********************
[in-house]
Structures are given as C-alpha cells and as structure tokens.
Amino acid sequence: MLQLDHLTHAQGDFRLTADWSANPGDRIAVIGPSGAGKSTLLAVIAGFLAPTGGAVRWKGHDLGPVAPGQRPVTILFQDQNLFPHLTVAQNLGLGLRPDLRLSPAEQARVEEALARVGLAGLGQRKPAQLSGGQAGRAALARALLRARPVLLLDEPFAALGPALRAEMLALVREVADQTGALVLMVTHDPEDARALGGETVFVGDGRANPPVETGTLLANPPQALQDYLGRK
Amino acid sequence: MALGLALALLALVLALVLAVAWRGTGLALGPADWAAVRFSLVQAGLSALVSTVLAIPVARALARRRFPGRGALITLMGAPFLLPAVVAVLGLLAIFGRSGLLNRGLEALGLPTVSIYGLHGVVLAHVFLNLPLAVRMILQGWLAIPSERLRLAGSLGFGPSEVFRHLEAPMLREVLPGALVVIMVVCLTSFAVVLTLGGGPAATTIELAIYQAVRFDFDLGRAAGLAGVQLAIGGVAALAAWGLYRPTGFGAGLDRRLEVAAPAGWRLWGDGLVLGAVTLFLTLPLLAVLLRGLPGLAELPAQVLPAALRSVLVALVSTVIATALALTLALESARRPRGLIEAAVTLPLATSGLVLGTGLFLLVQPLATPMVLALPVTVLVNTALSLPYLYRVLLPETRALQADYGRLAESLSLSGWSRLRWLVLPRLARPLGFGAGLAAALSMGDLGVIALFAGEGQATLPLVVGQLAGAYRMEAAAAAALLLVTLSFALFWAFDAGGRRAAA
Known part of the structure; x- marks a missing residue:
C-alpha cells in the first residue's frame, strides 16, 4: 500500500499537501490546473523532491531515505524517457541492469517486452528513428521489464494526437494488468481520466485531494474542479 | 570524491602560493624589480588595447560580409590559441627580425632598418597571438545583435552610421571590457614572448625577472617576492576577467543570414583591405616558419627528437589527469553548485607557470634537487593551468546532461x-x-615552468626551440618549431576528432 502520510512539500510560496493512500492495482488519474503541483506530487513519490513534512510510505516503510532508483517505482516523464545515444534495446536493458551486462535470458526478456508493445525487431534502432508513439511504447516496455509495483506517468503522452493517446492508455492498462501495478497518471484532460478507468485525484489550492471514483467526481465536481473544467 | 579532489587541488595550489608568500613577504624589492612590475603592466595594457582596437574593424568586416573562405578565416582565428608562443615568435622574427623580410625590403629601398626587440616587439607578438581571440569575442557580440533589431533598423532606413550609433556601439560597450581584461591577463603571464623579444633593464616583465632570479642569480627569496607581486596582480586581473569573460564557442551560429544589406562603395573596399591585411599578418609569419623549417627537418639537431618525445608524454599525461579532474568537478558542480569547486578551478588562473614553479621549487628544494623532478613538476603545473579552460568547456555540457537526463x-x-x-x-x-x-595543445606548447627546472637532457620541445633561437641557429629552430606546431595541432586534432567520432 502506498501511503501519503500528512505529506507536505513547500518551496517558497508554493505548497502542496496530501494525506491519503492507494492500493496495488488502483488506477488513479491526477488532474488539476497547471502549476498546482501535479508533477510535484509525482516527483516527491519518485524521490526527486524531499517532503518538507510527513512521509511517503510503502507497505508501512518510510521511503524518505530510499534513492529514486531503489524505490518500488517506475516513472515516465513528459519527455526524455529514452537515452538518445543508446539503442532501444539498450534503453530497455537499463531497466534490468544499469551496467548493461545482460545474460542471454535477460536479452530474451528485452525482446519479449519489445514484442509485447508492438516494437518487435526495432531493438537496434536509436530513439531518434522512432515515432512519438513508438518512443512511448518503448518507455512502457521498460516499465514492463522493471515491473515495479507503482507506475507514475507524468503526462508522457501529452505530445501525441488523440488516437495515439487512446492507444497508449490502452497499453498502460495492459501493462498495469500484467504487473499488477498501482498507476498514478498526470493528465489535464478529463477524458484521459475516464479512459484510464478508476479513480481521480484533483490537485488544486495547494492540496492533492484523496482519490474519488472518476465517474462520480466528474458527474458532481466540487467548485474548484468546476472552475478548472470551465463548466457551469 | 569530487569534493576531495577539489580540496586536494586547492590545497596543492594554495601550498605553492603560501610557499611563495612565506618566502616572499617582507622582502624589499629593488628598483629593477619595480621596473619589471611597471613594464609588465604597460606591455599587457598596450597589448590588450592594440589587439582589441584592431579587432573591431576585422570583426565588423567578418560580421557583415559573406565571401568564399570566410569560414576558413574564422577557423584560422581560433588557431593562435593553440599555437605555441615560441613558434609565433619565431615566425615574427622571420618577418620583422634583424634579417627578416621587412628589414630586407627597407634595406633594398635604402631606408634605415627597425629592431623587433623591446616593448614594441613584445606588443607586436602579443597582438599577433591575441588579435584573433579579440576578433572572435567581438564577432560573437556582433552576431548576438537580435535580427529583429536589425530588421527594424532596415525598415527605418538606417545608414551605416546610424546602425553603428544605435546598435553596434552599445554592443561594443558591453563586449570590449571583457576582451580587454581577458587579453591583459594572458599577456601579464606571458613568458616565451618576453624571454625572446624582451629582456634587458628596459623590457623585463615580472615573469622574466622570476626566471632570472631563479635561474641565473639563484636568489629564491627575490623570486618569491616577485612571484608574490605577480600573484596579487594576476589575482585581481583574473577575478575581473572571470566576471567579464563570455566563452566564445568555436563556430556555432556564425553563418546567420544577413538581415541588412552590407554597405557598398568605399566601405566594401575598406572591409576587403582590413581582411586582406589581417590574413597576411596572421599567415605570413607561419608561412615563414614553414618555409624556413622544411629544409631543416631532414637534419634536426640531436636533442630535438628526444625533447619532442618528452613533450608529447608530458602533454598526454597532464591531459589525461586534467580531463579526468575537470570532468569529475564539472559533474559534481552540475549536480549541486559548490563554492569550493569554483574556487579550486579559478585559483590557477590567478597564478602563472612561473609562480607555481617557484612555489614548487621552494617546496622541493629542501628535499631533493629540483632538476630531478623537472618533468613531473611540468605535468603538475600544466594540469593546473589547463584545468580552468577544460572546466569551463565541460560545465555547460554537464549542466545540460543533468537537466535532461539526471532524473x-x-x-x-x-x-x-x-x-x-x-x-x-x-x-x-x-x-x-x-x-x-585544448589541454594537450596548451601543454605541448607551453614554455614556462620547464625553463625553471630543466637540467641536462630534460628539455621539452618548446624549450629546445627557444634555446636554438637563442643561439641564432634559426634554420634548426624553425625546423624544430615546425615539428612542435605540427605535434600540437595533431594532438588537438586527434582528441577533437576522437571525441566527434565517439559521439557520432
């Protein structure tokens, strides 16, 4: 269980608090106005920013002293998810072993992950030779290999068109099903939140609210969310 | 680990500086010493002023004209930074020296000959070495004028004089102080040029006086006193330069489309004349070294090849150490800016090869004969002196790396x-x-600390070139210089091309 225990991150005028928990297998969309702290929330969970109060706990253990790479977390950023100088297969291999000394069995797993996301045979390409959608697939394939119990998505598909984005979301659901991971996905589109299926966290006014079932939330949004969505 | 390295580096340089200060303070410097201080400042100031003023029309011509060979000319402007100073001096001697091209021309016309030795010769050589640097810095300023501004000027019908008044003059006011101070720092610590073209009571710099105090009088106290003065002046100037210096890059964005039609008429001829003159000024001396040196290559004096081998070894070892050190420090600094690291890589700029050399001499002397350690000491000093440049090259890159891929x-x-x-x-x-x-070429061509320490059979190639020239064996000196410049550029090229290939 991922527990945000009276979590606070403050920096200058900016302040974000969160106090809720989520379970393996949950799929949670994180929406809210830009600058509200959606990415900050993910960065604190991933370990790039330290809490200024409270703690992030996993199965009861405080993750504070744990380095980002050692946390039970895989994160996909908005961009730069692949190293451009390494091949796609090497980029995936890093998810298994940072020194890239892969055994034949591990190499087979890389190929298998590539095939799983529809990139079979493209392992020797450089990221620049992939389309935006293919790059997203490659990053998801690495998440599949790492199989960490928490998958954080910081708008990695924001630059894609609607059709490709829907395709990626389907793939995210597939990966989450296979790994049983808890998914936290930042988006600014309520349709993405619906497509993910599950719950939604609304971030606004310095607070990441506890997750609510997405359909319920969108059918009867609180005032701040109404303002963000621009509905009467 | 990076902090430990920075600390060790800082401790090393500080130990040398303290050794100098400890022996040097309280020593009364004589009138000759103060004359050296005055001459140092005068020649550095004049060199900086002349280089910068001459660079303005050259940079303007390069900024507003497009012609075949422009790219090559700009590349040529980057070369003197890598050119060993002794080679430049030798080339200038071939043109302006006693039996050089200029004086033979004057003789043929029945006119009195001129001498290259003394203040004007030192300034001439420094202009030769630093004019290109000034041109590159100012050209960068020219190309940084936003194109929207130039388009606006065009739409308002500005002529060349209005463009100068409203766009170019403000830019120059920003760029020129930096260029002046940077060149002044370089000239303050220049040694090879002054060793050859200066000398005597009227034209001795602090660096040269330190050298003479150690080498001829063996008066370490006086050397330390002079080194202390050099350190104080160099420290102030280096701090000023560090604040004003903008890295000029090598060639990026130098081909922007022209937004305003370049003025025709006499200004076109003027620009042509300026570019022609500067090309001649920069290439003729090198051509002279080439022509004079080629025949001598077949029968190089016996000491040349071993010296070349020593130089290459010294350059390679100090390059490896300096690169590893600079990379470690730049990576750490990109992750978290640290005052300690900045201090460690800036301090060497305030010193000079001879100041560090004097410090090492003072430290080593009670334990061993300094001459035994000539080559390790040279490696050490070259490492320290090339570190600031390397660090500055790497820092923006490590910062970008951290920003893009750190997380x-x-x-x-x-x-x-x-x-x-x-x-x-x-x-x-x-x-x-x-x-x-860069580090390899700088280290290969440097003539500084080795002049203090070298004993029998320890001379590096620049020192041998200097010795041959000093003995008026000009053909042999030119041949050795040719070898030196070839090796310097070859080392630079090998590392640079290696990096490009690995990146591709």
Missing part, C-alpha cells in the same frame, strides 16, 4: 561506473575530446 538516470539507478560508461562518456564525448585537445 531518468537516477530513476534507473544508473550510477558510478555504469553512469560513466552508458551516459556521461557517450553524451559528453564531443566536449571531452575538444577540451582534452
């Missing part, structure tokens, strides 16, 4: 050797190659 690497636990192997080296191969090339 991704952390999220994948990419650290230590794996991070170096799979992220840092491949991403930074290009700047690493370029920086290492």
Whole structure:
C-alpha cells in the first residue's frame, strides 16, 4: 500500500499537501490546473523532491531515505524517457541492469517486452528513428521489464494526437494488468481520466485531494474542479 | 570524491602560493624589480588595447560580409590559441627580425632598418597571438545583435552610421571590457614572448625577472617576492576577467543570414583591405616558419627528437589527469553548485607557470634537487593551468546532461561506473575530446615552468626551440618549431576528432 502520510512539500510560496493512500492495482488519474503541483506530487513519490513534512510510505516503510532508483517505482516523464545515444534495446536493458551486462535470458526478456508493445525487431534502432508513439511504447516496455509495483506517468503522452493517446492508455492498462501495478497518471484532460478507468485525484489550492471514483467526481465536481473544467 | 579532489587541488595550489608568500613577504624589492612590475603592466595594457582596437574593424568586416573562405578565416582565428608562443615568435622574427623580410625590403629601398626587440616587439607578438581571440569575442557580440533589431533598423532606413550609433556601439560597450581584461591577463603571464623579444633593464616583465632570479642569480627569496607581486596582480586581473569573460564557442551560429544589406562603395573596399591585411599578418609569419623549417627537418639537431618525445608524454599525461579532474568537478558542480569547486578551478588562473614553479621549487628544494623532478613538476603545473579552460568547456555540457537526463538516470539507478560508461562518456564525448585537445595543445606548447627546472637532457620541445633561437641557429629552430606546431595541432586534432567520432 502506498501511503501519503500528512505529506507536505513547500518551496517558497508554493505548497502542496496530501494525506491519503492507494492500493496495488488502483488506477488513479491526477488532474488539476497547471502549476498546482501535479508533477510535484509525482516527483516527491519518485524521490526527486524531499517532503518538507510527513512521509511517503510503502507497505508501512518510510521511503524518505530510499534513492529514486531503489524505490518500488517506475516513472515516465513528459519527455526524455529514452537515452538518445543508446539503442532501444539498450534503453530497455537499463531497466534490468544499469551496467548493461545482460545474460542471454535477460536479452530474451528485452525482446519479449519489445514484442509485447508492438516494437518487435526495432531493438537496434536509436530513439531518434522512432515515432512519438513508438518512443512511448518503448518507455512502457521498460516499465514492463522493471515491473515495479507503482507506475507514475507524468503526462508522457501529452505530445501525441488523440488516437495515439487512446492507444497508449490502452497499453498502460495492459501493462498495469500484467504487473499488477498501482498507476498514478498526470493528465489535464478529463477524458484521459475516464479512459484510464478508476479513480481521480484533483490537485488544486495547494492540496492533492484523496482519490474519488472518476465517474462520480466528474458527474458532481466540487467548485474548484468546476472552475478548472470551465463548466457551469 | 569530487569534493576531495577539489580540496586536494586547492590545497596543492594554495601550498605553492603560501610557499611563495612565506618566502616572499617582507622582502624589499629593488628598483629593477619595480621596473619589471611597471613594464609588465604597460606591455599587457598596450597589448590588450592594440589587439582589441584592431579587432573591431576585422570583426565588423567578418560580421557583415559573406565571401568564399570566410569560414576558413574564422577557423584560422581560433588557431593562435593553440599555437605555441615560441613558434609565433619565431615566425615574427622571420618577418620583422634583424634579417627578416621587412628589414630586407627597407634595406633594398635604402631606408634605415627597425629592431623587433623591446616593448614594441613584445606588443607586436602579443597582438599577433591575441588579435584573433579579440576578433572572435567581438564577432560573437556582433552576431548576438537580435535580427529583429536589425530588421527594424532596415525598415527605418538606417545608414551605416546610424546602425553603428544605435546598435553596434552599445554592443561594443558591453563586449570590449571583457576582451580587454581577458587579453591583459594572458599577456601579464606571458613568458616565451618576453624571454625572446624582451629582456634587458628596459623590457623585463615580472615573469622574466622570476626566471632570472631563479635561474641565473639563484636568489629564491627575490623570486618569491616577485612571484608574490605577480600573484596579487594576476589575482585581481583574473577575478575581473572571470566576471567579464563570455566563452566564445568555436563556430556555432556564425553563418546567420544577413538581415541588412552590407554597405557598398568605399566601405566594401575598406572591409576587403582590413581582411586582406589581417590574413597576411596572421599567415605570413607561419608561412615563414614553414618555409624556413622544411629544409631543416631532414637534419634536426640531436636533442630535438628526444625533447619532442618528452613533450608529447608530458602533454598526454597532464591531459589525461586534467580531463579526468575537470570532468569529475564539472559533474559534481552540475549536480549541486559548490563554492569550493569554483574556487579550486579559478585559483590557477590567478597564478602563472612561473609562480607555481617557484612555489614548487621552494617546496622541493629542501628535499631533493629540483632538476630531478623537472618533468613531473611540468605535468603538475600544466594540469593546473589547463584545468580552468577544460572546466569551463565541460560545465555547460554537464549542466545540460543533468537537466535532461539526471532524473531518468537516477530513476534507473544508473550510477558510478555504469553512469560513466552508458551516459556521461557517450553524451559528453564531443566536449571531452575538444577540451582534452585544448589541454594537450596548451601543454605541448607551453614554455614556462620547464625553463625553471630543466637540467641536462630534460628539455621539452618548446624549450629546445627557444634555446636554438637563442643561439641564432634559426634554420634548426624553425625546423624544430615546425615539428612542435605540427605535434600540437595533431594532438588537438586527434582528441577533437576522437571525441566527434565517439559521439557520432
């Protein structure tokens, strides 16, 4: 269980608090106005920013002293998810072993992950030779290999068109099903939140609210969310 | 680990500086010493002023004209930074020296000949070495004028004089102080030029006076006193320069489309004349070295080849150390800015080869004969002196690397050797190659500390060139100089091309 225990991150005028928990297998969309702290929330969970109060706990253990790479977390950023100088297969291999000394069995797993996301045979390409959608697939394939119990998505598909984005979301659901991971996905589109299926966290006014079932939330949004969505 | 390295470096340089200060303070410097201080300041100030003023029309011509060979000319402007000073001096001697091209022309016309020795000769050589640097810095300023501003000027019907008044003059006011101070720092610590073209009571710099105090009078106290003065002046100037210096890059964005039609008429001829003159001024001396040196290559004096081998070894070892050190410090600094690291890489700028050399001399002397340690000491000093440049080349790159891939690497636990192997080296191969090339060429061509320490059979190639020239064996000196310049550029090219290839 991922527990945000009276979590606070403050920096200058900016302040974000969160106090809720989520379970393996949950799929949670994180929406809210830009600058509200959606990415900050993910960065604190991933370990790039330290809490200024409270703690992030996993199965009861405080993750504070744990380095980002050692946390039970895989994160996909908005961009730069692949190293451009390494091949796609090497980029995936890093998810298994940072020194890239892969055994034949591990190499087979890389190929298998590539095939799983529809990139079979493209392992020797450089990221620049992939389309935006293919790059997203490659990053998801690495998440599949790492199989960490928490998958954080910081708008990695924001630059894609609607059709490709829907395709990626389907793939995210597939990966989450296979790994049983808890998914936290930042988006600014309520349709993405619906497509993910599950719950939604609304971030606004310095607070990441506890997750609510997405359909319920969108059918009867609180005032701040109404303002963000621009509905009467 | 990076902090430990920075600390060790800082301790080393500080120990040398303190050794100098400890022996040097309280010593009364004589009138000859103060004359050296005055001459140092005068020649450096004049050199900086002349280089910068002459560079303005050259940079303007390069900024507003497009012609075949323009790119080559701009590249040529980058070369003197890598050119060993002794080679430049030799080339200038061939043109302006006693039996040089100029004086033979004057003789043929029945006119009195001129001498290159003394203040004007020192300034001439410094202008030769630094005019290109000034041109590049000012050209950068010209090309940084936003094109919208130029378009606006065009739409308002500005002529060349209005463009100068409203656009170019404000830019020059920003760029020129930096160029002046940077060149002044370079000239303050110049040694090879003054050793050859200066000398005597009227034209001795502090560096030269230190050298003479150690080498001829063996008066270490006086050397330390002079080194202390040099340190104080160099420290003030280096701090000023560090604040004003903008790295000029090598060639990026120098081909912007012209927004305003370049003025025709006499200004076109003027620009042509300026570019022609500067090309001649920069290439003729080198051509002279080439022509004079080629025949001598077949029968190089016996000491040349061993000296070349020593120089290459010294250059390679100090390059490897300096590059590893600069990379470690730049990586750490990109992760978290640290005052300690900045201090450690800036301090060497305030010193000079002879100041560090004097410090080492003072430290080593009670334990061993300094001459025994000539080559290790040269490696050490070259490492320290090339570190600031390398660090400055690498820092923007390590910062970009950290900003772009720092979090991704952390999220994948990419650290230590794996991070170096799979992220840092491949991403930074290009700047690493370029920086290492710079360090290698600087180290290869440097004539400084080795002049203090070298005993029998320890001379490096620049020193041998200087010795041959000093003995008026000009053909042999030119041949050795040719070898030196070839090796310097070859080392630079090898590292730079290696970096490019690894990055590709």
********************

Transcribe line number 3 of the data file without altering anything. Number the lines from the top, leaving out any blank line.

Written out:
Amino acid sequence: MLQLDHLTHAQGDFRLTADWSANPGDRIAVIGPSGAGKSTLLAVIAGFLAPTGGAVRWKGHDLGPVAPGQRPVTILFQDQNLFPHLTVAQNLGLGLRPDLRLSPAEQARVEEALARVGLAGLGQRKPAQLSGGQAGRAALARALLRARPVLLLDEPFAALGPALRAEMLALVREVADQTGALVLMVTHDPEDARALGGETVFVGDGRANPPVETGTLLANPPQALQDYLGRK